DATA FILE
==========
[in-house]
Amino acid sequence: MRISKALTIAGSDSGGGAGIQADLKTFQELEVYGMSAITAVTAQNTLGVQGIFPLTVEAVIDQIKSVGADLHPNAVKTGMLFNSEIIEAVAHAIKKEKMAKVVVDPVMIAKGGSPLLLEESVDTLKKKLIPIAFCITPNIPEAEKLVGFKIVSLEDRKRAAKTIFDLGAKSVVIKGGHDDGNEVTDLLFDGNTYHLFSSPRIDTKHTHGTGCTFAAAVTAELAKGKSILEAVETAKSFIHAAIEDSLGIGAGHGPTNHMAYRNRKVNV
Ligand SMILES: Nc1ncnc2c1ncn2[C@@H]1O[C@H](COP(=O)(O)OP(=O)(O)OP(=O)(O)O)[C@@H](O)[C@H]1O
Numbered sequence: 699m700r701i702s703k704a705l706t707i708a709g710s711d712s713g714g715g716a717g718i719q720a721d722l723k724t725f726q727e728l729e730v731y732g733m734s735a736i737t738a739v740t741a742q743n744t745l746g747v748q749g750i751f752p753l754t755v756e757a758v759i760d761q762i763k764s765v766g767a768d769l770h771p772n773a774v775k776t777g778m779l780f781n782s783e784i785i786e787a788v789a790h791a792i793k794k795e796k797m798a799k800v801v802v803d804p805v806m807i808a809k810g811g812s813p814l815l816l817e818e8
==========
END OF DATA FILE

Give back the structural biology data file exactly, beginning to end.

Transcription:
[in-house]
Amino acid sequence: MRISKALTIAGSDSGGGAGIQADLKTFQELEVYGMSAITAVTAQNTLGVQGIFPLTVEAVIDQIKSVGADLHPNAVKTGMLFNSEIIEAVAHAIKKEKMAKVVVDPVMIAKGGSPLLLEESVDTLKKKLIPIAFCITPNIPEAEKLVGFKIVSLEDRKRAAKTIFDLGAKSVVIKGGHDDGNEVTDLLFDGNTYHLFSSPRIDTKHTHGTGCTFAAAVTAELAKGKSILEAVETAKSFIHAAIEDSLGIGAGHGPTNHMAYRNRKVNV
Ligand SMILES: Nc1ncnc2c1ncn2[C@@H]1O[C@H](COP(=O)(O)OP(=O)(O)OP(=O)(O)O)[C@@H](O)[C@H]1O
Numbered sequence: 699m700r701i702s703k704a705l706t707i708a709g710s711d712s713g714g715g716a717g718i719q720a721d722l723k724t725f726q727e728l729e730v731y732g733m734s735a736i737t738a739v740t741a742q743n744t745l746g747v748q749g750i751f752p753l754t755v756e757a758v759i760d761q762i763k764s765v766g767a768d769l770h771p772n773a774v775k776t777g778m779l780f781n782s783e784i785i786e787a788v789a790h791a792i793k794k795e796k797m798a799k800v801v802v803d804p805v806m807i808a809k810g811g812s813p814l815l816l817e818e8